‘A Radically Condensed History of Postindustrial Life’ was first published in 1998, a year before Brief Interviews with Hideous Men, in Ploughshares (a literary journal based at Emerson College in Boston, Massachusetts). The original version is publicly available to read on the Ploughshares website.
A mere five sentences long, the story likely didn’t cause either Wallace or Michael Pietsch, his editor at Little, Brown and Company, too much stress when editing it for inclusion in Brief Interviews. Nevertheless, some noteworthy changes were made between 1998 and 1999, as shown in the image below.
This illustrative image was created by comparing digital copies of the two versions of the story in a computer programme that highlights differences between two uploaded texts. The original publication is presented in the red-shaded text on the left, and the Brief Interviews version in the green-shaded text on the right. Points of divergence between the text are highlighted in each. In a non-digital approach to the same task, one would have to painstakingly read two version of the same text – no great labour in this case, but for a longer story there is a greatly increased risk of human error.
In the first paragraph, the two highlighted words appear in the same place, and so we may correctly infer that the word in the original has been replaced by the word highlighted in the later version. In the second paragraph, the highlighted text in the later version does not have a counterpart in the original, which denotes that this is an addition to the original story rather than a like-for-like replacement. In the event that a word had been removed from the original without being replaced in the updated version, there would be highlighted text in the left text only.
The first change made to the story between 1998 and 1999 is that the word ‘very’ has been amended to ‘extremely’ in the first paragraph. The meagre plot of the story concerns an unsuccessful date between a man and a woman, both of whom ‘hop[e] to be liked’ but ‘each dr[i]ve home alone […] with the very same twist to their faces’, still single and (implicitly) lonely despite their mutual will for the date to succeed. Of course, the story implies that both persons’ primary concerns with ‘be[ing] liked’ might be the cause of their sustained loneliness. In the second published version of the story, the switch to the word ‘extremely’ suggests that the woman’s laugh exceeds what would be a normal level of mirth at the man’s ‘witticism’. In turn this emphasises that the laugh is an affected display designed to induce the man’s approval, rather than an unwilled reaction to the woman’s appreciation of the man’s comic talents.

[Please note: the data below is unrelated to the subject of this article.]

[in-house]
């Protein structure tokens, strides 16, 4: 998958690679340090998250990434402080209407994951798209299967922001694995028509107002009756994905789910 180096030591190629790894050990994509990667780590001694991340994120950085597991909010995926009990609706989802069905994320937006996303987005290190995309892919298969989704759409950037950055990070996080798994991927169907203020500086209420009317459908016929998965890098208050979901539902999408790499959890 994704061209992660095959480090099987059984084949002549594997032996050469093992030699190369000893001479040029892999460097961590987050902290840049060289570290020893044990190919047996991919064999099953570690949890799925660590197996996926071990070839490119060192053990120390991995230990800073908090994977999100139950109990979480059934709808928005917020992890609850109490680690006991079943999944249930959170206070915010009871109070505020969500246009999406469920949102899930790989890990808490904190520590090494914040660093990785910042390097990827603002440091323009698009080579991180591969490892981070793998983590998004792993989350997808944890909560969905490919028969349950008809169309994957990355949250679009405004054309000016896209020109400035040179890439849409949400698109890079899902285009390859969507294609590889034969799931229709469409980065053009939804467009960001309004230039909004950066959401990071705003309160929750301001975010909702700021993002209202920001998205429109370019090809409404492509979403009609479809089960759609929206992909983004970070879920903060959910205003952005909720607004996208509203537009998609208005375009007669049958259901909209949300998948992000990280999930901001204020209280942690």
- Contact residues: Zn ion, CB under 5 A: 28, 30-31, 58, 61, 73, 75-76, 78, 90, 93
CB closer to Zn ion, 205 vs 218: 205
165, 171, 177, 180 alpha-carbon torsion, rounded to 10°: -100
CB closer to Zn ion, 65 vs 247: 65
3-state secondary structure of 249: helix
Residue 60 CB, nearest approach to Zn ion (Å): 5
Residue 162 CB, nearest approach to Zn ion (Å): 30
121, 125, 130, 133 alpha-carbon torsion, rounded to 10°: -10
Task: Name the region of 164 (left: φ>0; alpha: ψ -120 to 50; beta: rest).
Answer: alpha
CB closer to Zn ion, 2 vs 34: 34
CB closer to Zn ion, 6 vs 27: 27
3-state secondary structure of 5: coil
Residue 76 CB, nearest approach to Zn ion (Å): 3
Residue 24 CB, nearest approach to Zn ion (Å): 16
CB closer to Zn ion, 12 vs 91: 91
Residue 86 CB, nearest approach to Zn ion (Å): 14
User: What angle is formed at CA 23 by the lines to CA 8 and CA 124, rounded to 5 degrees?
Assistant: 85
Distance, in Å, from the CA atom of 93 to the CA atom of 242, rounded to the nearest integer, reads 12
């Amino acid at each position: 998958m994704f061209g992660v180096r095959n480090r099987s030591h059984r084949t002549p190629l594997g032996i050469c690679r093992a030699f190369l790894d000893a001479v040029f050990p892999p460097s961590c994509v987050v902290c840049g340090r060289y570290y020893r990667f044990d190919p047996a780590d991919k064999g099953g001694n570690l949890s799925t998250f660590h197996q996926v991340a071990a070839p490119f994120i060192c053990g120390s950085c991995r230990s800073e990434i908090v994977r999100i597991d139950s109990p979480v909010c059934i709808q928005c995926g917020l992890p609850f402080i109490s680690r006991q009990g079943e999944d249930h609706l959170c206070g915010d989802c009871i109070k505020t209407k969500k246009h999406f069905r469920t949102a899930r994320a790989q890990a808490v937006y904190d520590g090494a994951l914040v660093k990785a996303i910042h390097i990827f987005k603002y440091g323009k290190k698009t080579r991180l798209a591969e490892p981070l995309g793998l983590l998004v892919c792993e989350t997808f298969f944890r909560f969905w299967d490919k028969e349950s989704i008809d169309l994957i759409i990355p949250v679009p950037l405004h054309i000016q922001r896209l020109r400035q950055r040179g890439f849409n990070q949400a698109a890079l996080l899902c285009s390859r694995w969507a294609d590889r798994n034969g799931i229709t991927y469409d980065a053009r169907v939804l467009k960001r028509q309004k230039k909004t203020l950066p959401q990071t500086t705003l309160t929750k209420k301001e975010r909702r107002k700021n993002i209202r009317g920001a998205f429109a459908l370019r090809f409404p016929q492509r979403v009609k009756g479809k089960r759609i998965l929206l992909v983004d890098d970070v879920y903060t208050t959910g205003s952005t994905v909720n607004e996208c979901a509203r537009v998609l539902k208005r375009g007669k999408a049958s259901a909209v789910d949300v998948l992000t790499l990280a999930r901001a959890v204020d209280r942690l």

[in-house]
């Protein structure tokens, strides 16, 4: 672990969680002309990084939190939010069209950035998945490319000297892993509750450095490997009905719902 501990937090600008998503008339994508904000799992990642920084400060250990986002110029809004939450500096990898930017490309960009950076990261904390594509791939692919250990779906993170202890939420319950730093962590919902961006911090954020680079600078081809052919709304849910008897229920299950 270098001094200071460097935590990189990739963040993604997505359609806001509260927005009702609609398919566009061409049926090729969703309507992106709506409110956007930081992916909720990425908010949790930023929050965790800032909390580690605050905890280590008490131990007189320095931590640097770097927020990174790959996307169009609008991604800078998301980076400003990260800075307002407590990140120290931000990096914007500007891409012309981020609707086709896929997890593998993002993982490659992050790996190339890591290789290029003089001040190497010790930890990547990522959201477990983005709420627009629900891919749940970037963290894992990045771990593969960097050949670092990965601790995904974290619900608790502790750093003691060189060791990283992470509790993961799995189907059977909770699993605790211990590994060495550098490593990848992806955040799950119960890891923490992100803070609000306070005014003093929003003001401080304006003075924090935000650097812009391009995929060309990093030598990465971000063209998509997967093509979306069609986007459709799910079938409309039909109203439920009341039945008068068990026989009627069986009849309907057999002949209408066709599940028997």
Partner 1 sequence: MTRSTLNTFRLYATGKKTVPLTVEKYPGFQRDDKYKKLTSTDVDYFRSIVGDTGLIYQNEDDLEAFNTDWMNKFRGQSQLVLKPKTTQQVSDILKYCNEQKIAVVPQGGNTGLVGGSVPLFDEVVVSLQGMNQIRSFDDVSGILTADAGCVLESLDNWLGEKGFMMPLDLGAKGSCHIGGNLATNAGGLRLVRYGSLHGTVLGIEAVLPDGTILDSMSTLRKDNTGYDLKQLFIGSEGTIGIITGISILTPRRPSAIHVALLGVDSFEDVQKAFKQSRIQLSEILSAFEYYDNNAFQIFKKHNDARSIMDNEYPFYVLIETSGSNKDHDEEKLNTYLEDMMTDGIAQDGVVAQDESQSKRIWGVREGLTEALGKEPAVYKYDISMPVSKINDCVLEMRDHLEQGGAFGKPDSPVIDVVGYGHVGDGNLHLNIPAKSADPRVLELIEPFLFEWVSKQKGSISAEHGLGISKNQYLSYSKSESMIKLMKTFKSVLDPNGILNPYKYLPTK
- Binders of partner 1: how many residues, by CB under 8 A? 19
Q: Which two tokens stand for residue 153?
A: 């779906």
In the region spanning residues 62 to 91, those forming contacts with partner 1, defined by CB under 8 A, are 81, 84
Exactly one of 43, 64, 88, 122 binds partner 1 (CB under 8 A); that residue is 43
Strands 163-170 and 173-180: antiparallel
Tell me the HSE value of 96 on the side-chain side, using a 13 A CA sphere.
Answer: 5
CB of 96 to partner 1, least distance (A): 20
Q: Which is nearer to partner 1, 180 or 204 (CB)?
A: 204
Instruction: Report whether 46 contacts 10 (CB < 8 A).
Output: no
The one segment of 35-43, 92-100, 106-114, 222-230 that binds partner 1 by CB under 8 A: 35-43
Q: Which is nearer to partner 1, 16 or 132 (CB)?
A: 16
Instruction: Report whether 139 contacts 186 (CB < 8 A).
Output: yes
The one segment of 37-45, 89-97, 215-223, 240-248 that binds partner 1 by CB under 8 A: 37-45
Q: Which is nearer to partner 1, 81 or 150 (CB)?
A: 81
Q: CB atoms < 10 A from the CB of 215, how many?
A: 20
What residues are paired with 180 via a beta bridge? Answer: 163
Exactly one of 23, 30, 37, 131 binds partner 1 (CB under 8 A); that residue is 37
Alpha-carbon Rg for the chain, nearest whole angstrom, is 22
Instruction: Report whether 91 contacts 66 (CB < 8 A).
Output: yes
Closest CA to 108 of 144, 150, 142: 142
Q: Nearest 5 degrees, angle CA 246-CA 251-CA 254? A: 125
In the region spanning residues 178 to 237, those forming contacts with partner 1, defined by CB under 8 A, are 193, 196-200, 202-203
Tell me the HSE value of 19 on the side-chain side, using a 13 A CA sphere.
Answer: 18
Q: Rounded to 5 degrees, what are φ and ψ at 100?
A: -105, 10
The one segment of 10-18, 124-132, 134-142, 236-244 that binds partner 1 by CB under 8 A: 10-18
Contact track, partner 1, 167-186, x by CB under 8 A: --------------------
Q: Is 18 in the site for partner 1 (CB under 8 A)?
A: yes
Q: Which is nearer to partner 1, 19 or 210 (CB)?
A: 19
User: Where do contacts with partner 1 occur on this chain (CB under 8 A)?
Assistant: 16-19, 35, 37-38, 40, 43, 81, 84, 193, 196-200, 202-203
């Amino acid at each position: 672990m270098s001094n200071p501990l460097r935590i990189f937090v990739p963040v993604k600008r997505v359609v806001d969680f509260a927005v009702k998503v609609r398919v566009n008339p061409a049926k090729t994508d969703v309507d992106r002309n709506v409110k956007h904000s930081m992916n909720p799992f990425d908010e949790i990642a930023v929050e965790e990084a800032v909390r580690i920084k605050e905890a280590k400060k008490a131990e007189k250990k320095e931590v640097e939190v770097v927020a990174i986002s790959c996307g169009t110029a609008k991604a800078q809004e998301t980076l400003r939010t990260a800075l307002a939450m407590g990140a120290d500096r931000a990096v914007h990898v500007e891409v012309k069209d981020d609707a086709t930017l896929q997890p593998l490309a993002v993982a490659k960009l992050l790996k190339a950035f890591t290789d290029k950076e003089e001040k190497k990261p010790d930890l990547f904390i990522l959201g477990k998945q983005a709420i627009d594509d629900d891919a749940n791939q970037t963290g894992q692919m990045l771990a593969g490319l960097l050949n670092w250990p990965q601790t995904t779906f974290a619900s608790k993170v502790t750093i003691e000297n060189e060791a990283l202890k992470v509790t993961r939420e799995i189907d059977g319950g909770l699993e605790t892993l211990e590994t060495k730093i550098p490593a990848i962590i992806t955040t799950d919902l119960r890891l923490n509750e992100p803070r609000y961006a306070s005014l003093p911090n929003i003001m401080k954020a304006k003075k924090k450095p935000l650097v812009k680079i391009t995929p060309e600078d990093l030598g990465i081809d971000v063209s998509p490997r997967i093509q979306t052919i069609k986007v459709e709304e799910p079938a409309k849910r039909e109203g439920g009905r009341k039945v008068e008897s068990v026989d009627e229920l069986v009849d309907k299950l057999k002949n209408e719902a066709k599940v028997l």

The second change to the original text is perhaps the most telling. While the original version of the story maintains a conventional grammatical structure throughout, the Brief Interviews version ends with the last three words of the Ploughshares version repeated twice, calling to mind a malfunctioning audio recording – the figurate ‘broken record’. The lack of character names, in combination with the title of the story, suggests that this unproductive and depressing dating ritual is a common experience in ‘postindustrial’ society, and that the failure of the specific date depicted is not due to unique characteristics of the participants. The concluding repetition further implies that this social convention will not end any time soon, if at all; in turn, it is possible to infer that the ‘postindustrial life’ is the ‘end of history’ heralded by Francis Fukuyama in 1992.
This change is all the more noteworthy considering the placement of the story in Brief Interviews. As the very first story in Wallace’s first major work of fiction since Infinite Jest, the brevity of ‘Radically Condensed’ suggests that the story might be read as an attempt to discourage the reader of Brief Interviews from comparing the book to the previous novel. Placed on page ‘0’ instead of on page ‘1’ (the conventional ‘first page’ is given instead to ‘Death is Not the End’), ‘Radically Condensed’ is presented as both story and epigraph, establishing a broad historical context in which many of the collection’s stories (with the notable except of ‘Tri-Stan: I Sold Sissee Nar to Ecko’) seem to take place. While the placement of the story on page 0 seemingly distances it from the rest of the collection, it also paradoxically transforms an originally-independent story into a fundamental aspect of the book that it has been collected into.